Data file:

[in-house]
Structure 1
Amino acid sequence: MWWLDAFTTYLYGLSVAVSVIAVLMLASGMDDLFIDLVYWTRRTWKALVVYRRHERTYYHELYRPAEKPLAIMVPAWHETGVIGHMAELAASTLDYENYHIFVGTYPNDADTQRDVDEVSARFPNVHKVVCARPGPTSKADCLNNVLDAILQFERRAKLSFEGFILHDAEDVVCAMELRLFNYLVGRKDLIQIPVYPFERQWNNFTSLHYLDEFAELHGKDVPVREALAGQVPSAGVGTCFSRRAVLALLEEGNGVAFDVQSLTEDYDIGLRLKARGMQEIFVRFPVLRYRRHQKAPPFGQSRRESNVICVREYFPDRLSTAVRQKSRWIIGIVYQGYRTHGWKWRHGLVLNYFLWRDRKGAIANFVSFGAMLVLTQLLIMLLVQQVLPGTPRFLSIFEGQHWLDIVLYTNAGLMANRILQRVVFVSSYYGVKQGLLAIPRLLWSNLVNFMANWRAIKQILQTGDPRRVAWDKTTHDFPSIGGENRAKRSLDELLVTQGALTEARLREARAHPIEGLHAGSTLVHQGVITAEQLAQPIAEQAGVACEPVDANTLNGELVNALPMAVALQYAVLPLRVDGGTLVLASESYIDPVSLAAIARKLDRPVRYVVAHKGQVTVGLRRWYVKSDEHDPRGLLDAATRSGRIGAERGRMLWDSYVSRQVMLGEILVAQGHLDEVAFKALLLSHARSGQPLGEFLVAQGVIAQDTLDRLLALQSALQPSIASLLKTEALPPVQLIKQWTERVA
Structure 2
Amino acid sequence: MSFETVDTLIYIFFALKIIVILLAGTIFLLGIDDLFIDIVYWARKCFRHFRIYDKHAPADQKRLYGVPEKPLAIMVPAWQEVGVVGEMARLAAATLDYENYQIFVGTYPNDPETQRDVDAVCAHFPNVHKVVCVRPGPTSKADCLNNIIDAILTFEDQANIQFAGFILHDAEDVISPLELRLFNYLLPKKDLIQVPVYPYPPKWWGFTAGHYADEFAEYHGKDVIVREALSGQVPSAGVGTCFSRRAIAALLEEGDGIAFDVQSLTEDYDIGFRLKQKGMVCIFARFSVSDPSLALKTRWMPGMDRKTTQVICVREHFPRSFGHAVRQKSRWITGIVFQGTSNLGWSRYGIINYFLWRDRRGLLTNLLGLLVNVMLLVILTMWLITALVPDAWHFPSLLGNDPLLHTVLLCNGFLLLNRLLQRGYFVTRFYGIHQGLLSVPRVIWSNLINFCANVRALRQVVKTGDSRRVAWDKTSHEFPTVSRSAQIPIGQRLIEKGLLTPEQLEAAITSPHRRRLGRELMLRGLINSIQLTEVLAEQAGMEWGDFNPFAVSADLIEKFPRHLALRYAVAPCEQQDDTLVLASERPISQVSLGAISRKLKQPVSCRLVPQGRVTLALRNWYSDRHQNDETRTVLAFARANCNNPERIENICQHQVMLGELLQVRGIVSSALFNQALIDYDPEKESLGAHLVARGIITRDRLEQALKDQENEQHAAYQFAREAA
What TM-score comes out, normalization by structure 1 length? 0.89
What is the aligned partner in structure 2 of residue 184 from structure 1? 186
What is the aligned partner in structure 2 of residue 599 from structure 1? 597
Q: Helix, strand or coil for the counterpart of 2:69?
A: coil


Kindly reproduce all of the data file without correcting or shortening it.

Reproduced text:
[in-house]
Structure 1
Amino acid sequence: MWWLDAFTTYLYGLSVAVSVIAVLMLASGMDDLFIDLVYWTRRTWKALVVYRRHERTYYHELYRPAEKPLAIMVPAWHETGVIGHMAELAASTLDYENYHIFVGTYPNDADTQRDVDEVSARFPNVHKVVCARPGPTSKADCLNNVLDAILQFERRAKLSFEGFILHDAEDVVCAMELRLFNYLVGRKDLIQIPVYPFERQWNNFTSLHYLDEFAELHGKDVPVREALAGQVPSAGVGTCFSRRAVLALLEEGNGVAFDVQSLTEDYDIGLRLKARGMQEIFVRFPVLRYRRHQKAPPFGQSRRESNVICVREYFPDRLSTAVRQKSRWIIGIVYQGYRTHGWKWRHGLVLNYFLWRDRKGAIANFVSFGAMLVLTQLLIMLLVQQVLPGTPRFLSIFEGQHWLDIVLYTNAGLMANRILQRVVFVSSYYGVKQGLLAIPRLLWSNLVNFMANWRAIKQILQTGDPRRVAWDKTTHDFPSIGGENRAKRSLDELLVTQGALTEARLREARAHPIEGLHAGSTLVHQGVITAEQLAQPIAEQAGVACEPVDANTLNGELVNALPMAVALQYAVLPLRVDGGTLVLASESYIDPVSLAAIARKLDRPVRYVVAHKGQVTVGLRRWYVKSDEHDPRGLLDAATRSGRIGAERGRMLWDSYVSRQVMLGEILVAQGHLDEVAFKALLLSHARSGQPLGEFLVAQGVIAQDTLDRLLALQSALQPSIASLLKTEALPPVQLIKQWTERVA
Structure 2
Amino acid sequence: MSFETVDTLIYIFFALKIIVILLAGTIFLLGIDDLFIDIVYWARKCFRHFRIYDKHAPADQKRLYGVPEKPLAIMVPAWQEVGVVGEMARLAAATLDYENYQIFVGTYPNDPETQRDVDAVCAHFPNVHKVVCVRPGPTSKADCLNNIIDAILTFEDQANIQFAGFILHDAEDVISPLELRLFNYLLPKKDLIQVPVYPYPPKWWGFTAGHYADEFAEYHGKDVIVREALSGQVPSAGVGTCFSRRAIAALLEEGDGIAFDVQSLTEDYDIGFRLKQKGMVCIFARFSVSDPSLALKTRWMPGMDRKTTQVICVREHFPRSFGHAVRQKSRWITGIVFQGTSNLGWSRYGIINYFLWRDRRGLLTNLLGLLVNVMLLVILTMWLITALVPDAWHFPSLLGNDPLLHTVLLCNGFLLLNRLLQRGYFVTRFYGIHQGLLSVPRVIWSNLINFCANVRALRQVVKTGDSRRVAWDKTSHEFPTVSRSAQIPIGQRLIEKGLLTPEQLEAAITSPHRRRLGRELMLRGLINSIQLTEVLAEQAGMEWGDFNPFAVSADLIEKFPRHLALRYAVAPCEQQDDTLVLASERPISQVSLGAISRKLKQPVSCRLVPQGRVTLALRNWYSDRHQNDETRTVLAFARANCNNPERIENICQHQVMLGELLQVRGIVSSALFNQALIDYDPEKESLGAHLVARGIITRDRLEQALKDQENEQHAAYQFAREAA
What TM-score comes out, normalization by structure 1 length? 0.89
What is the aligned partner in structure 2 of residue 184 from structure 1? 186
What is the aligned partner in structure 2 of residue 599 from structure 1? 597
Q: Helix, strand or coil for the counterpart of 2:69?
A: coil